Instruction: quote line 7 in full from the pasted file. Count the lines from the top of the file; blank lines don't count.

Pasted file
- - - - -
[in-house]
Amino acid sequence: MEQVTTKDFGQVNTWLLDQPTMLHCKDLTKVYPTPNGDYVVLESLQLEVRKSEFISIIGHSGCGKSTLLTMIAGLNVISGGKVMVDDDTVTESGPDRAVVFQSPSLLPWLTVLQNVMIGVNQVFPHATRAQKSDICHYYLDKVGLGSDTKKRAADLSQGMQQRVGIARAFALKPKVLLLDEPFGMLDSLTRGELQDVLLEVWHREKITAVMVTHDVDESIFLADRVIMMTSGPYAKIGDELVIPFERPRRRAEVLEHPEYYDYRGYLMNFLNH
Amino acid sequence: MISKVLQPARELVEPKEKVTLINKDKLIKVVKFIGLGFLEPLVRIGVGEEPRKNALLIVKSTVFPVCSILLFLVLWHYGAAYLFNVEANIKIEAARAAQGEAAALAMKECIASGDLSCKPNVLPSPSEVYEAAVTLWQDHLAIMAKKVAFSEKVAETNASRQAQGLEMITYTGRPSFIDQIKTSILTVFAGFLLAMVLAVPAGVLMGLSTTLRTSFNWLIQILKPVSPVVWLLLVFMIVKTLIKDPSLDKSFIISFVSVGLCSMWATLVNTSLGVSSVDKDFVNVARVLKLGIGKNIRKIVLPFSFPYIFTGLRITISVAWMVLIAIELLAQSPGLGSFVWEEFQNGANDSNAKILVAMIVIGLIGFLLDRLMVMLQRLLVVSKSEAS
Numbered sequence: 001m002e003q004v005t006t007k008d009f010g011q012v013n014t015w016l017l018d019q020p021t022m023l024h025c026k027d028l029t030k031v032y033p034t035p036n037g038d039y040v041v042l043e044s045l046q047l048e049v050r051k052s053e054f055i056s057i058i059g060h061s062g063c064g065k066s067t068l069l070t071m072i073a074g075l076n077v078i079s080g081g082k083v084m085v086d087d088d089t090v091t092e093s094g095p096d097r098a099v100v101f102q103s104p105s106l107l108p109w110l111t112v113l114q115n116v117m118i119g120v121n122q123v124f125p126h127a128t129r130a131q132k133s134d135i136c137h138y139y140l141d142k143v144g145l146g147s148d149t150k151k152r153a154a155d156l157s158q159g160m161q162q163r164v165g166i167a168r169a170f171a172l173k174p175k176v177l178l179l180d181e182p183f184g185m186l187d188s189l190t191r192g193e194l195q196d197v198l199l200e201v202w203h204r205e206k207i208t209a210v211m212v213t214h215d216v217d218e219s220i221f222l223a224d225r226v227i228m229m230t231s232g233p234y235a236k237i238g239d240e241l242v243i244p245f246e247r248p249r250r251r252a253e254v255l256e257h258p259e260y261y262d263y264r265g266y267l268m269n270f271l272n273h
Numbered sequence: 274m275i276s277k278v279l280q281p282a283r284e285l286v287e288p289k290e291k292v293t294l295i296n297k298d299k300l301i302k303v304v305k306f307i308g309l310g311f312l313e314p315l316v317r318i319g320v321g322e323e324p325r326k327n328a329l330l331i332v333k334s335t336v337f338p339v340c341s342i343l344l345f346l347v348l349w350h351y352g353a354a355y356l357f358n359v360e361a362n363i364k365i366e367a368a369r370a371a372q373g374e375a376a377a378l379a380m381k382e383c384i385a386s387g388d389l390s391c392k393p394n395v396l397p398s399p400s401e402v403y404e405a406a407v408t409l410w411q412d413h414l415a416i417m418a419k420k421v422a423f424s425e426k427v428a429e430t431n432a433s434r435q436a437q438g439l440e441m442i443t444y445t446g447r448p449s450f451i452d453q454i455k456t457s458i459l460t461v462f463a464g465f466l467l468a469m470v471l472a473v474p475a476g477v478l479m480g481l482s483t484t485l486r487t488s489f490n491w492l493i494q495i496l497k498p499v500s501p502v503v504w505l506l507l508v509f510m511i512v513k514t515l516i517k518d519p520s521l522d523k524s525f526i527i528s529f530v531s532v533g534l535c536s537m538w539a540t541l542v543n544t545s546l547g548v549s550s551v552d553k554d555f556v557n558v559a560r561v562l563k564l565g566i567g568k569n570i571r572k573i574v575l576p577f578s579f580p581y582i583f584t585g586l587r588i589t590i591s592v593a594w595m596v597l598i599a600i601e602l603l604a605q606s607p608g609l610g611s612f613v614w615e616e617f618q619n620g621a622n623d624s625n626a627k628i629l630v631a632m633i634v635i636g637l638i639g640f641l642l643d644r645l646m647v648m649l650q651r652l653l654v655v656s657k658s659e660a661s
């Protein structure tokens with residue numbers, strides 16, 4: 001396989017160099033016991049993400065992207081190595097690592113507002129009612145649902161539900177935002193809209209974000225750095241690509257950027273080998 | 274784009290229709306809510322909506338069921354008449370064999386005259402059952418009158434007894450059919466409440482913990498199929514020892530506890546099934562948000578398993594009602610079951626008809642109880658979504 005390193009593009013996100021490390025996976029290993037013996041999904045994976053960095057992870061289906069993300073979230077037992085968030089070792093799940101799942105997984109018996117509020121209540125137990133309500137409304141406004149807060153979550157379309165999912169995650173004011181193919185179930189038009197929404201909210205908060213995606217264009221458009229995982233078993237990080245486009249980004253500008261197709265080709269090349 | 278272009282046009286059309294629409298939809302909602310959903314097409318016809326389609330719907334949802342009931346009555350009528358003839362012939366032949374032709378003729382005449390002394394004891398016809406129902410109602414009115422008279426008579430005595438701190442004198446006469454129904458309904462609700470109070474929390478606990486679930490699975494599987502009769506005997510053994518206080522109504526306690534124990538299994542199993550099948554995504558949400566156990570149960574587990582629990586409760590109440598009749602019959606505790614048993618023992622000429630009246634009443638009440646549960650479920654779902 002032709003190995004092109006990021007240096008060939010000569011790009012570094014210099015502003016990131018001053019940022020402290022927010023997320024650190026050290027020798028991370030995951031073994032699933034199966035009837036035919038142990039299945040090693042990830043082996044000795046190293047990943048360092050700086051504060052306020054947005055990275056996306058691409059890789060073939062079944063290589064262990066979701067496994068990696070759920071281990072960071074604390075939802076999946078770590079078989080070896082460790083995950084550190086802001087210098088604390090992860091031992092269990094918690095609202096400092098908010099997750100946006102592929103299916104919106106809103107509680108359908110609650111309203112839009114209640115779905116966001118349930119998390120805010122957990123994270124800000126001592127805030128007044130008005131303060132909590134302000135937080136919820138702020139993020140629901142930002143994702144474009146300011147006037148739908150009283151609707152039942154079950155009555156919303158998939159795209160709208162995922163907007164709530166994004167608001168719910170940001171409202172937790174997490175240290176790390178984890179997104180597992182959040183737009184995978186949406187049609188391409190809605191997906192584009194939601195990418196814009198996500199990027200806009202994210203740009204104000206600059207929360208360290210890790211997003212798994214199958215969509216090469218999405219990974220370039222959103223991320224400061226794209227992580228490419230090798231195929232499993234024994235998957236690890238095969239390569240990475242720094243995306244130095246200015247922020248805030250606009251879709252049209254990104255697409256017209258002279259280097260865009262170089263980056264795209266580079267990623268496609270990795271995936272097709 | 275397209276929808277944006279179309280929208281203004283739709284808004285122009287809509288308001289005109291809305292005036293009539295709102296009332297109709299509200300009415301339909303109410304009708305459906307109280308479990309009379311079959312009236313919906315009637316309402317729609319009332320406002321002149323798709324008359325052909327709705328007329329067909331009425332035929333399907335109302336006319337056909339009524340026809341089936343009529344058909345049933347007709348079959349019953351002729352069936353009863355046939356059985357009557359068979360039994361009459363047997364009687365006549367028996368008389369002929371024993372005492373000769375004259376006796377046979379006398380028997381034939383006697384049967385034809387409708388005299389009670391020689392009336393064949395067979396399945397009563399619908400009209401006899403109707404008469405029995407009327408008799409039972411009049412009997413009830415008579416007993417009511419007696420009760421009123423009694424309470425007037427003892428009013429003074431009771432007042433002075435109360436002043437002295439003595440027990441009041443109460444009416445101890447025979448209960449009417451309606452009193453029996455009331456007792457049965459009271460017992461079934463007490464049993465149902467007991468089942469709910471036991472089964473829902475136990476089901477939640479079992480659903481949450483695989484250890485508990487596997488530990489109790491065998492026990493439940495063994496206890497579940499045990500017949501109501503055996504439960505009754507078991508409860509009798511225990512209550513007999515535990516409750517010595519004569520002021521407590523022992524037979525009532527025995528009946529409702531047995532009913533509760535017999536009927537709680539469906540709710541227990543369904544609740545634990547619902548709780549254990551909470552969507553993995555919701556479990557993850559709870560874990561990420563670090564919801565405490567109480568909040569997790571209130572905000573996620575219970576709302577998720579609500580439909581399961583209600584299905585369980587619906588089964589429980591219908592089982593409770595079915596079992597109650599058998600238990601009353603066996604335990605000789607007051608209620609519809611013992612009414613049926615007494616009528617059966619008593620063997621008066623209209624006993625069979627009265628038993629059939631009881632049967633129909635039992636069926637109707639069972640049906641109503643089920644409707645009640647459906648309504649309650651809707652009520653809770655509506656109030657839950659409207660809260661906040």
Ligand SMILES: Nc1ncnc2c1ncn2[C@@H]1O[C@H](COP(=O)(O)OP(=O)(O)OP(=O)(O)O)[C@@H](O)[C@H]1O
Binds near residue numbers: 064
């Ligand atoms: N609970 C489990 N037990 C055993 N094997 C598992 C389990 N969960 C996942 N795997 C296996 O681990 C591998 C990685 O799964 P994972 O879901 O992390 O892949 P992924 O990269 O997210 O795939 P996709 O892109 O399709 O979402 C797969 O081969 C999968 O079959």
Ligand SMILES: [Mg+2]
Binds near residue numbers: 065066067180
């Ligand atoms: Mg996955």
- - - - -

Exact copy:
Ligand SMILES: Nc1ncnc2c1ncn2[C@@H]1O[C@H](COP(=O)(O)OP(=O)(O)OP(=O)(O)O)[C@@H](O)[C@H]1O